Many people think that it is the same to say cherries as picotas. Even in many areas of Spain it is not known what the picotas are. To clarify doubts and avoid confusing one product with another, I have prepared this post that will help us understand the differences between cherries and picotas and to learn how to distinguish them.
The first thing that should be noted is that the pillory is a kind of cherries, which occurs only in Extremadura, in the area of Jerte Valley and in some territory in the area of La Vera. All pillories are cherries but not all cherries are pillory.
When the end of spring, begins the season of cherries that are produced in many areas of Spain. We all enjoy eating this magnificent fruit whose colors range from yellow to black, the best known being the cherry red variety, an intense red color, similar to garnet like the one in the cherries in the photo.
Characteristics of the pillory
The Picota del Jerte is a variety of cherry of superior quality, originally from the Jerte Valley, so authentic that it has a Protected Designation of Origin. Its maturation is somewhat later than the cherry, so its season extends from the last days of June or the first days of July until the middle – end of August approximately.
The pillory is a smaller and tastier cherry than the rest of the cherries. While the best common cherries of the California or Navalinda type varieties have sizes of 28mm or even 30, 32 or more, the pillories range between sizes of 24 and 26 mm.
The pillory is the richest of the cherries, sweeter and with less acidity. For this reason, despite being smaller, the pillory is more valued than the cherry because it is less acidic, more flavorful and with the flesh tighter and firmer, which makes it crisp when put in the mouth.
The pillories of the Jerte are of different varieties. The most valued are the Pico Negro and La Ambrunés, which are the sweetest, although there are also the so-called Pico Limón and Pico Colorado, all protected by the PDO. The rest of the varieties of this fruit are not picotas but varieties of common cherries.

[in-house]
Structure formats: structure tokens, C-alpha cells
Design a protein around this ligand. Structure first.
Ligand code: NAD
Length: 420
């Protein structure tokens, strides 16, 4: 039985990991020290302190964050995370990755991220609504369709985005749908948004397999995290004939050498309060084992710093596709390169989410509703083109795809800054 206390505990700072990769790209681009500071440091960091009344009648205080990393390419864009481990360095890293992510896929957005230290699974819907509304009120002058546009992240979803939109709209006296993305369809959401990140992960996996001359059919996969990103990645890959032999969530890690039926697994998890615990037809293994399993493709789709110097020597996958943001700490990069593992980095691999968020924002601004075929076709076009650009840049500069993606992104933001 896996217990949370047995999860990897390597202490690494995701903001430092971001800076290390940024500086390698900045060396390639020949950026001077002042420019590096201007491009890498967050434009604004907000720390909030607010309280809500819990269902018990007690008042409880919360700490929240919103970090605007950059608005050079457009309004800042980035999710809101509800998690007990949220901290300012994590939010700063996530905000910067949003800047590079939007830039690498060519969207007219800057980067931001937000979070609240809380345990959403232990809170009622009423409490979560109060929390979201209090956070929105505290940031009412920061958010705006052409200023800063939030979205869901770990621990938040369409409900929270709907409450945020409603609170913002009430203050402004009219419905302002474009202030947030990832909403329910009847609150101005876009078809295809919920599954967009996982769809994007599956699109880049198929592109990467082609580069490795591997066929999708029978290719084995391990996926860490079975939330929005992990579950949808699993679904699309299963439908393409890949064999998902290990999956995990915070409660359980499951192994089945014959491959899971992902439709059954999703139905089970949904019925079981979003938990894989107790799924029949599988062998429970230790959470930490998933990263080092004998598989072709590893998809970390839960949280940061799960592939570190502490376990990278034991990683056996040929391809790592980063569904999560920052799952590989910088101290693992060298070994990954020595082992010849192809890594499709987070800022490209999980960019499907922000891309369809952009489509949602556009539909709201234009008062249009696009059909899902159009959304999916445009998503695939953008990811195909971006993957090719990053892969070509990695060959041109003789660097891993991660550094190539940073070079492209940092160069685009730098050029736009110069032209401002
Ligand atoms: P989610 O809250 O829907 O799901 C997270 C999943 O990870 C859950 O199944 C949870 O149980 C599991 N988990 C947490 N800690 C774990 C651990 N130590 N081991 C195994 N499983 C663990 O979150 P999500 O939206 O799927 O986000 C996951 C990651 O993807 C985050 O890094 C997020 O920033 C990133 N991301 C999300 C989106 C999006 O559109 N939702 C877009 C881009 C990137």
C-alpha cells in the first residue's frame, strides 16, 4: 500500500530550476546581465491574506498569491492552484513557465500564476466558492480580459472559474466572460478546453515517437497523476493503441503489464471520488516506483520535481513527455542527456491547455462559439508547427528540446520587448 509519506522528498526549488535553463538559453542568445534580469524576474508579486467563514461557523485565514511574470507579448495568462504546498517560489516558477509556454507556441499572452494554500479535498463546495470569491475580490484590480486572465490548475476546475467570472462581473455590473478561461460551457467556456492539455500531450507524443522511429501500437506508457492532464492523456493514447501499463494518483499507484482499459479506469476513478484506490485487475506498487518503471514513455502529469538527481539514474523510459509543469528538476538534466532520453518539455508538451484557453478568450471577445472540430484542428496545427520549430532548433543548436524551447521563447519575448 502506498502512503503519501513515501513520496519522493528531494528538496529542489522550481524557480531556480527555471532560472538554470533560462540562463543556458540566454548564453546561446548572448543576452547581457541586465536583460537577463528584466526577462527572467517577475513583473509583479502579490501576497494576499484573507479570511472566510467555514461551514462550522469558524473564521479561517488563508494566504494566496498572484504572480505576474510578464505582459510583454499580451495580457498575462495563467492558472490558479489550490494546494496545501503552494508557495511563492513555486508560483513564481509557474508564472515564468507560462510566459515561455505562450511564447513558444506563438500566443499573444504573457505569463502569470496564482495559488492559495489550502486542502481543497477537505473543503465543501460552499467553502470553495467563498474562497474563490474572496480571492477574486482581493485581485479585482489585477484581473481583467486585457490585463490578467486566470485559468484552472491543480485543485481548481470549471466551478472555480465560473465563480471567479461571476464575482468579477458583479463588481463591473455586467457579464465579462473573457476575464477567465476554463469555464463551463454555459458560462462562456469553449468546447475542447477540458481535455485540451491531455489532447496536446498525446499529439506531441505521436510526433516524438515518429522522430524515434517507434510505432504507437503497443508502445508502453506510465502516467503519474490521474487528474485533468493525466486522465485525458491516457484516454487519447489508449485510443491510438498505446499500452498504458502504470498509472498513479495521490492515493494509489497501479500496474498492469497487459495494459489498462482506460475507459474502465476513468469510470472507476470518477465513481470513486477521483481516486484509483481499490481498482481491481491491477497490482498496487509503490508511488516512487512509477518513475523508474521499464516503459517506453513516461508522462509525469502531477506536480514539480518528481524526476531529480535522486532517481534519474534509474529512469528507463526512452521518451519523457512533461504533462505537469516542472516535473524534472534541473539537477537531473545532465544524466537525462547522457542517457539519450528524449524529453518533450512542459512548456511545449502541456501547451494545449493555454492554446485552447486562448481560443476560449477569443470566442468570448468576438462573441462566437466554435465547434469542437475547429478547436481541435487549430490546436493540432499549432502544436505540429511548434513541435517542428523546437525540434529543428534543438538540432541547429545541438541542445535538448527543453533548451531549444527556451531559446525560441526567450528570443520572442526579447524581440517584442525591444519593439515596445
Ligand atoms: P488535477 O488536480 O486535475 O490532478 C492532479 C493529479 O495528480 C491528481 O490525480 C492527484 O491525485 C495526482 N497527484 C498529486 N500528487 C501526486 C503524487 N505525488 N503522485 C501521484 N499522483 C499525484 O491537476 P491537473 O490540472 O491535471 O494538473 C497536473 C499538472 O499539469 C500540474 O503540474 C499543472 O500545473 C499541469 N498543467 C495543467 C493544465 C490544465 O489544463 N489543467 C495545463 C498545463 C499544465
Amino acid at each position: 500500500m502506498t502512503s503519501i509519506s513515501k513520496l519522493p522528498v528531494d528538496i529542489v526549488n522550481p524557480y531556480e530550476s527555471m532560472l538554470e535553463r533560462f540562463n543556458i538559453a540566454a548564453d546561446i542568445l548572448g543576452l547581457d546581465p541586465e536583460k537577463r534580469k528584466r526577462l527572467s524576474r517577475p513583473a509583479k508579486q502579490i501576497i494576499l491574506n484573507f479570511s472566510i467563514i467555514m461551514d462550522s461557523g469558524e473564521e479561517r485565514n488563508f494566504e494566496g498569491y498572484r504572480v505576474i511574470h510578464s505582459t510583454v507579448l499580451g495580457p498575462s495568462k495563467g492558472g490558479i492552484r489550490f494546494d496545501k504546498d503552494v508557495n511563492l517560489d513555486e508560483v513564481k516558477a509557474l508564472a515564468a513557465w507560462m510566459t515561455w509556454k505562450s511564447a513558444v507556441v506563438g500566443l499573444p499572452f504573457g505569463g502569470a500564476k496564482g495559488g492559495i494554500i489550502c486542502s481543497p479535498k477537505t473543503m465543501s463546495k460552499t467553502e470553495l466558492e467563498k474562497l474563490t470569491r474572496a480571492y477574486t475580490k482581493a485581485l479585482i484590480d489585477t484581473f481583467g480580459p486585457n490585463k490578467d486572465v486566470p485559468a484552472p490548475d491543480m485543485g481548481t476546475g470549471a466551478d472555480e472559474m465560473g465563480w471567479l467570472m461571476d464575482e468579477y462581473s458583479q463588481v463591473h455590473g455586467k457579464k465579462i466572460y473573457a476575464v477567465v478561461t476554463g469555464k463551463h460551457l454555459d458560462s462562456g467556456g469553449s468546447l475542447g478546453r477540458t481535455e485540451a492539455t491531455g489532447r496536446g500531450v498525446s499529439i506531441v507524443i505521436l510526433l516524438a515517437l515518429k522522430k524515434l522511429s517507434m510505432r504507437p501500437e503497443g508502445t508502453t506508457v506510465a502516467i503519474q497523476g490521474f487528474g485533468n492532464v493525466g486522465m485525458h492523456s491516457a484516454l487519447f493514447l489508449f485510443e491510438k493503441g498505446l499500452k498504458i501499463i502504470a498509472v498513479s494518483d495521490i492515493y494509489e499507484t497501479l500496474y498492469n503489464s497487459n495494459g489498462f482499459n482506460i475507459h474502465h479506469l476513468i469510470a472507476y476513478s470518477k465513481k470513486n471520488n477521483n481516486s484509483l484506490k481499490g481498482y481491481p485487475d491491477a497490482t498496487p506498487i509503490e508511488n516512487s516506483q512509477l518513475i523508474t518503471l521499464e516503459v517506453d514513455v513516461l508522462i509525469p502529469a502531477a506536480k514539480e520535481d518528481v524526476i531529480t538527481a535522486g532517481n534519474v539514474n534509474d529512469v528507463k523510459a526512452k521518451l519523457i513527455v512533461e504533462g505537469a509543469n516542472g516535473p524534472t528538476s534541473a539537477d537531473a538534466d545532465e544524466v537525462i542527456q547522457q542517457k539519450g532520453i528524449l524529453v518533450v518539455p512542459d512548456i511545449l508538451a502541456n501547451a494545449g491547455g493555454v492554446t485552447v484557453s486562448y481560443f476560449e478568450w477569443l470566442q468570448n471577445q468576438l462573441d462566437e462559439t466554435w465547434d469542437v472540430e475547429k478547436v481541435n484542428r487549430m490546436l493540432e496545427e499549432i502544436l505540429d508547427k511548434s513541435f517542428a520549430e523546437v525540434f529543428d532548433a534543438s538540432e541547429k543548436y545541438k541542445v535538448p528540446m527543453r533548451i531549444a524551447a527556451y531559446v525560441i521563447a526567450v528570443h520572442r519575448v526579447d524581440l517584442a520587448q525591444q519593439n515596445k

One of the most outstanding characteristics or differentiating elements is the fact that the pillory has no tail or peduncle because it remains on the tree during harvesting. This has led some to try to pass cherries into pillories, plucking their tails.
Look at the photo and you will see how the cherries (on the left) lose fluid if the peduncle is pulled off and the pillories have the hole from which the peduncle came out, perfectly healed from its collection.
With this practice what is achieved is to damage the fruit and make a small cut that makes the cherryto spoil sooner. The authentic pillories leave the peduncle on the tree and heal when harvested, maintaining their firmness and smoothness.
The pipo or pillory seed It is larger than that of cherries so the amount of pulp or meat they have is somewhat less, for the same size. However, the cherry flavor is much more intense and less acidic than common cherries.
The cherry red color It is more intense and darker than that of cherries, its flesh is firmer and crunchy in the first bite, and its flavor is also sweeter than that of cherries. For this reason, although they are smaller, their price is higher than that of cherries.
In summary, the pillory is a variety of cherry. If you see some cherries without a stem, not too big and with a very intense color, try them immediately. If when you bite, you notice that the meat is firm and crunchy at the first bite, you will be in front of the delicious Picotas cherries from Valle del Jerte.
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